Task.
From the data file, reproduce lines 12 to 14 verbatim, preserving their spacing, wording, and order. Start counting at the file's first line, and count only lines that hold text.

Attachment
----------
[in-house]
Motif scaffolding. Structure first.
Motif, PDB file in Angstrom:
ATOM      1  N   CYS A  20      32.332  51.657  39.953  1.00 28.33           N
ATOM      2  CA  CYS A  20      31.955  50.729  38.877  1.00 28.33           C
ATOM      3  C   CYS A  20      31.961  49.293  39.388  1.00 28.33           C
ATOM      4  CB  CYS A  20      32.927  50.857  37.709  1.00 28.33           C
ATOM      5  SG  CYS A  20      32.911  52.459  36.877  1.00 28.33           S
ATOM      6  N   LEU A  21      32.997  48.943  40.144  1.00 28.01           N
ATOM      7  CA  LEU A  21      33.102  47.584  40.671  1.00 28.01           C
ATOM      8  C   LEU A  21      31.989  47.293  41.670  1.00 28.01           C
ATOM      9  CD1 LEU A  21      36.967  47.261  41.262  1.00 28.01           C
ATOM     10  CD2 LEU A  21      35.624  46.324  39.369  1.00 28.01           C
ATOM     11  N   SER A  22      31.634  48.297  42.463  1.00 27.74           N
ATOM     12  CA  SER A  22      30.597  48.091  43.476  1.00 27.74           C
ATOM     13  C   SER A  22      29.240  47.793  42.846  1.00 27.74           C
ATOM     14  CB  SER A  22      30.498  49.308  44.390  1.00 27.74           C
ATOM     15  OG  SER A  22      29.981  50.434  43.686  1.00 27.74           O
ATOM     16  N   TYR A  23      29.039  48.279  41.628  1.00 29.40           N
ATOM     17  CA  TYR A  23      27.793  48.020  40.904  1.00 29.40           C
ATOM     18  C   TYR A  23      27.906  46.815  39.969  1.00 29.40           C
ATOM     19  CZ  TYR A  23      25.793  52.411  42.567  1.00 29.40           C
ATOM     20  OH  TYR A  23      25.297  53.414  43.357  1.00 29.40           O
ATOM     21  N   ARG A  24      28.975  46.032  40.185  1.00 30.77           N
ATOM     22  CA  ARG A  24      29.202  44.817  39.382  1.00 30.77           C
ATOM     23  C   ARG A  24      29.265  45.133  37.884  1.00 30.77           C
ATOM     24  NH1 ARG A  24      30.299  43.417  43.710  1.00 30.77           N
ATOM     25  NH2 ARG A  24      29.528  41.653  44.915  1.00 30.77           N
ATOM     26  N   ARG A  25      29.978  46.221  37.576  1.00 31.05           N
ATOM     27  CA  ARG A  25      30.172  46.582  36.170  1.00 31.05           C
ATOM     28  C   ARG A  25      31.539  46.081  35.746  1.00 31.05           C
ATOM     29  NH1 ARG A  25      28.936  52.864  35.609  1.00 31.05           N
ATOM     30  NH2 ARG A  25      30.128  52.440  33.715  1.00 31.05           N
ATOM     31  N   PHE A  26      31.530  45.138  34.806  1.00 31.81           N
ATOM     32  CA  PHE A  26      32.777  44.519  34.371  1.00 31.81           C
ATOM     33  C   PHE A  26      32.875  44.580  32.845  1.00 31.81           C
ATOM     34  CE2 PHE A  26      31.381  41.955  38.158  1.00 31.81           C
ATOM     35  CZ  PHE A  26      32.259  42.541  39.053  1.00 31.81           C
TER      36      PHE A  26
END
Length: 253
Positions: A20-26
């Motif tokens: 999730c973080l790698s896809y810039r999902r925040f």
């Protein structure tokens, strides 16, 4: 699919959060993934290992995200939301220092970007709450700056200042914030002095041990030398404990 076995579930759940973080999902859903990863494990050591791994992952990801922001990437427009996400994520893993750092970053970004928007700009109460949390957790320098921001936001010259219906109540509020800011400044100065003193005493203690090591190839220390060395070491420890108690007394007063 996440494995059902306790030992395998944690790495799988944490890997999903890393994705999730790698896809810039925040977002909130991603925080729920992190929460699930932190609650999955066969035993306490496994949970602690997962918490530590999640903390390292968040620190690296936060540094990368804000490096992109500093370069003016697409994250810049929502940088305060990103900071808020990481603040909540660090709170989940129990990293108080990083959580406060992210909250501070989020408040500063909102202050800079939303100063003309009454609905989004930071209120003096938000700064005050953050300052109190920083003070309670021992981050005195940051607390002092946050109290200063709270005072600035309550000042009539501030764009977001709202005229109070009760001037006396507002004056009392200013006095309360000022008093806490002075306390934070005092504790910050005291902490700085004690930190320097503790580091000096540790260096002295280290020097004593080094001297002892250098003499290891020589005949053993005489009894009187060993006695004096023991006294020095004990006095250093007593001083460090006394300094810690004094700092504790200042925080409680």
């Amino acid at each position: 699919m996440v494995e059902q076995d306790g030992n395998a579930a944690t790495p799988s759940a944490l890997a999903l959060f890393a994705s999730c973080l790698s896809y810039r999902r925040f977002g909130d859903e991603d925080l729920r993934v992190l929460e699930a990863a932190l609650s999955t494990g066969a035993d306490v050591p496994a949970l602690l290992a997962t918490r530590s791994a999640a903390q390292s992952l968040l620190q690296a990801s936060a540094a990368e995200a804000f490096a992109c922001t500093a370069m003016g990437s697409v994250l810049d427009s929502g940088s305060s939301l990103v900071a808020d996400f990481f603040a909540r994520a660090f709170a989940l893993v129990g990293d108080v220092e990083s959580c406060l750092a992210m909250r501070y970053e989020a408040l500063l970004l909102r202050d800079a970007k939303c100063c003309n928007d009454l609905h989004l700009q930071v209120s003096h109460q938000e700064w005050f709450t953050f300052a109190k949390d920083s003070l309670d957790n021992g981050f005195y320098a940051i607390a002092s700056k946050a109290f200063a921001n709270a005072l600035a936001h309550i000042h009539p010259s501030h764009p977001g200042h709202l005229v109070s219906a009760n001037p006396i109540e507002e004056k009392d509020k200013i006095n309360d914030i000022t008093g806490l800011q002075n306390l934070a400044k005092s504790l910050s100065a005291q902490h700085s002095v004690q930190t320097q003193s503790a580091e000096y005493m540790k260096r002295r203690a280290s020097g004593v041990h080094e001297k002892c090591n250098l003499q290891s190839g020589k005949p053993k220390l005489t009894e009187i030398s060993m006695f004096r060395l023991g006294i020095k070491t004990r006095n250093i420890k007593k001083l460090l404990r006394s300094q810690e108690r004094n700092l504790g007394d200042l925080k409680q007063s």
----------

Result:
ATOM      9  CD1 LEU A  21      36.967  47.261  41.262  1.00 28.01           C
ATOM     10  CD2 LEU A  21      35.624  46.324  39.369  1.00 28.01           C
ATOM     11  N   SER A  22      31.634  48.297  42.463  1.00 27.74           N